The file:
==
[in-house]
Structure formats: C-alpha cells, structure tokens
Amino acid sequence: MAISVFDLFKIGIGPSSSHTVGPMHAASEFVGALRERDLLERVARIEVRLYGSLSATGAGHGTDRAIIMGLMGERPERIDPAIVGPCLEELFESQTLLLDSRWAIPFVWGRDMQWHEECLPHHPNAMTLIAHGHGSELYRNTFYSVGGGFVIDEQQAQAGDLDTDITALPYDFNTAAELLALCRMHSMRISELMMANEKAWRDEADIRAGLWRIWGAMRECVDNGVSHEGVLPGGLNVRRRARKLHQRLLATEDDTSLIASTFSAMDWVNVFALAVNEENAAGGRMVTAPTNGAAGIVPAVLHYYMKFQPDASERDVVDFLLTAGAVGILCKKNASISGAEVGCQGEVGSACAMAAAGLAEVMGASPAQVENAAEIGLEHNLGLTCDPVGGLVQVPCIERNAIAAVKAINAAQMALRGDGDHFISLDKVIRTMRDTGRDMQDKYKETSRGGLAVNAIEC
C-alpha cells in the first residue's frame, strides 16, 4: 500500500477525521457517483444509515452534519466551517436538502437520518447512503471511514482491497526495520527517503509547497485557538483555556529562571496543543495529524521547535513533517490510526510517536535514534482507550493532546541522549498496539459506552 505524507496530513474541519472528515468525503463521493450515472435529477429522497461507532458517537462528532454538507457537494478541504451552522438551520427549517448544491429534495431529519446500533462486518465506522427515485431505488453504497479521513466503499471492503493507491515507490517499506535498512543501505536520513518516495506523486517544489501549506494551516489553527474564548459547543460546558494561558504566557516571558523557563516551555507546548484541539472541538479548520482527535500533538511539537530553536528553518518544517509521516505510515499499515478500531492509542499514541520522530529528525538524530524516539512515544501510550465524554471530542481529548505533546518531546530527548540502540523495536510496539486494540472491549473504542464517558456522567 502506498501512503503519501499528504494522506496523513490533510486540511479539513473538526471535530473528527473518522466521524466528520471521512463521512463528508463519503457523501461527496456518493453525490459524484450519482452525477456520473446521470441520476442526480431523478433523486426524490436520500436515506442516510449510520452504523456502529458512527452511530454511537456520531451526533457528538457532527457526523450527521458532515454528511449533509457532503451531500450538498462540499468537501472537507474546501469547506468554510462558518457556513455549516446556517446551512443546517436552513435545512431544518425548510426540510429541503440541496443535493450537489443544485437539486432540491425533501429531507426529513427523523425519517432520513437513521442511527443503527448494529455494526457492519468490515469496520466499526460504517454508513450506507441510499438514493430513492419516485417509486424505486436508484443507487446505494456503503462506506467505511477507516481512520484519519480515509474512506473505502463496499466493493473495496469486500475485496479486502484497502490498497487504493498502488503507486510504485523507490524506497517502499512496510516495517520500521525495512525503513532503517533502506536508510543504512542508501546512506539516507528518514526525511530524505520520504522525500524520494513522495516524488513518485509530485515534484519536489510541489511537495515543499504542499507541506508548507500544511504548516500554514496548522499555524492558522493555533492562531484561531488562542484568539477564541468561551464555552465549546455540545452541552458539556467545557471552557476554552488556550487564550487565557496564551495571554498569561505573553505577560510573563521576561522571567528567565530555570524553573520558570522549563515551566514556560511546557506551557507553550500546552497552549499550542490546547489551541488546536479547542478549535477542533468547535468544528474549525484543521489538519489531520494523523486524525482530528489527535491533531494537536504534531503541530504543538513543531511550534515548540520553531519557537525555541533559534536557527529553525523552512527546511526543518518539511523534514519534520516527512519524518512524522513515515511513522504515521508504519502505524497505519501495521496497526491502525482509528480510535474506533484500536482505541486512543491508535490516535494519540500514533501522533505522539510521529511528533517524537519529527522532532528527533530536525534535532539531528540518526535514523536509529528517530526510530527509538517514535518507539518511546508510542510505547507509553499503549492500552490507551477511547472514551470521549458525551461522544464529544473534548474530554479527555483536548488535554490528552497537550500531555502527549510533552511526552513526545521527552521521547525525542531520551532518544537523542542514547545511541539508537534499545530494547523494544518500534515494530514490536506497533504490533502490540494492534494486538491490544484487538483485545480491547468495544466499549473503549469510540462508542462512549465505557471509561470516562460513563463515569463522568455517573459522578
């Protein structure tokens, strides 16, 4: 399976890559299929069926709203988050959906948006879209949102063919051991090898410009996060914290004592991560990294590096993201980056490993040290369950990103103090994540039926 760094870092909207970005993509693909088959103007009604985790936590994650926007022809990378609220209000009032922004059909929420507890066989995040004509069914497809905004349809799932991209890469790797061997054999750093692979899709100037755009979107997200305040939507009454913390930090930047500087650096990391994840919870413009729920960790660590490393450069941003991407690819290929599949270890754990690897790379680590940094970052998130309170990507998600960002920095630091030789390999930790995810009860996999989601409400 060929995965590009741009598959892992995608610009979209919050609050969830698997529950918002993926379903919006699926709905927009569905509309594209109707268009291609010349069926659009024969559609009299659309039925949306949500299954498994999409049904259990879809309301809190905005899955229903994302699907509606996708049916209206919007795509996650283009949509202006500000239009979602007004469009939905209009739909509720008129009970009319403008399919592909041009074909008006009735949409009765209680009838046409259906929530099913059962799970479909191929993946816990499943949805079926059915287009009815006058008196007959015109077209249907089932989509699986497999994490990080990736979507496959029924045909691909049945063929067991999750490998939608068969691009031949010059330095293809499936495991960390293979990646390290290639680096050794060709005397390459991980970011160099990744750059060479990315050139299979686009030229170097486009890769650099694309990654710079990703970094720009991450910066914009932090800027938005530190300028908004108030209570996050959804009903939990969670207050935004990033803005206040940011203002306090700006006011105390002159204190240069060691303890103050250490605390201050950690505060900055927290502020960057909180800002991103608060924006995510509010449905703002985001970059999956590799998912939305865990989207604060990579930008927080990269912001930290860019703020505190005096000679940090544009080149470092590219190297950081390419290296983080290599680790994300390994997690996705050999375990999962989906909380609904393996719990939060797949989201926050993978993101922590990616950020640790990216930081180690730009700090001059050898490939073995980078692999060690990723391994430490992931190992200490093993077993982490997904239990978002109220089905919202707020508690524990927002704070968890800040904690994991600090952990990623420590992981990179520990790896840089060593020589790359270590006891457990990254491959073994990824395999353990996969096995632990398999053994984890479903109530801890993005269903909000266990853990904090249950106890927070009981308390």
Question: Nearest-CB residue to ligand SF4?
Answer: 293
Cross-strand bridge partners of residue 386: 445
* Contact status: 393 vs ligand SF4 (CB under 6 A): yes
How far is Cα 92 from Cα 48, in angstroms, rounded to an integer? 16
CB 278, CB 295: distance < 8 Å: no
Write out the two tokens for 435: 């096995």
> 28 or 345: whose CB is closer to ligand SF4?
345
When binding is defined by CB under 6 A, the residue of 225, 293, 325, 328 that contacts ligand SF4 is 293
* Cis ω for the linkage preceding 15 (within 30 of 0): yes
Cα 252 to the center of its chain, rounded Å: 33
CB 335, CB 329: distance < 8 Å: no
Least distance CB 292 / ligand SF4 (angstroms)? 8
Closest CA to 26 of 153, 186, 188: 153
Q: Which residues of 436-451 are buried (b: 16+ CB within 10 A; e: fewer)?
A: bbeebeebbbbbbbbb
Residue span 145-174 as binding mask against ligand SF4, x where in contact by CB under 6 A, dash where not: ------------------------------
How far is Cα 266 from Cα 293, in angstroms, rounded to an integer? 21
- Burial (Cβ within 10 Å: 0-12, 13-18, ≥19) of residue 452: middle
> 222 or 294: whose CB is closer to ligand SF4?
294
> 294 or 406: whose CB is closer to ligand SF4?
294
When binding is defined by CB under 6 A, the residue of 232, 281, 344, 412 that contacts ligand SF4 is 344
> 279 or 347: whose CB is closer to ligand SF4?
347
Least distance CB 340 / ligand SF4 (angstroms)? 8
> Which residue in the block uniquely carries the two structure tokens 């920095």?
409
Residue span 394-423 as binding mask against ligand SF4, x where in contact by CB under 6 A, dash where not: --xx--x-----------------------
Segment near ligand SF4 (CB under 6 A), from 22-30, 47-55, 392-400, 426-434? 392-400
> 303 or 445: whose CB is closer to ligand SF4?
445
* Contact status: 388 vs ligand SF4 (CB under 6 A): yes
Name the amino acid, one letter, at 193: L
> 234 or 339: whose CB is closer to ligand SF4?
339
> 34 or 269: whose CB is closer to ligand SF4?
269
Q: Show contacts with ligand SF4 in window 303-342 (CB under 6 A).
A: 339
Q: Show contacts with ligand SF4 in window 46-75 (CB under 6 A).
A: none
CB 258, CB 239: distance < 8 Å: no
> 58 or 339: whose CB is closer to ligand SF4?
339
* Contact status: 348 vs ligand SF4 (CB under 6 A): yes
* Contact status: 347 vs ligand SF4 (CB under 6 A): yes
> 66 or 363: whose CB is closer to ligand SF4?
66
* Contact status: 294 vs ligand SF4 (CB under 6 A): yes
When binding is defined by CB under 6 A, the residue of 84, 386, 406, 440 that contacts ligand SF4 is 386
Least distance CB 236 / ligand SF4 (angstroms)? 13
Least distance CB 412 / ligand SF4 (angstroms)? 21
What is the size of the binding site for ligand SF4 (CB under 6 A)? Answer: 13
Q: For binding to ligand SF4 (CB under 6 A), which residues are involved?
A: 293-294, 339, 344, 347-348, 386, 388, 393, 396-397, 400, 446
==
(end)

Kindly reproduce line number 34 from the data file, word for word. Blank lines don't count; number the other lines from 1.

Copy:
> Which residue in the block uniquely carries the two structure tokens 């920095």?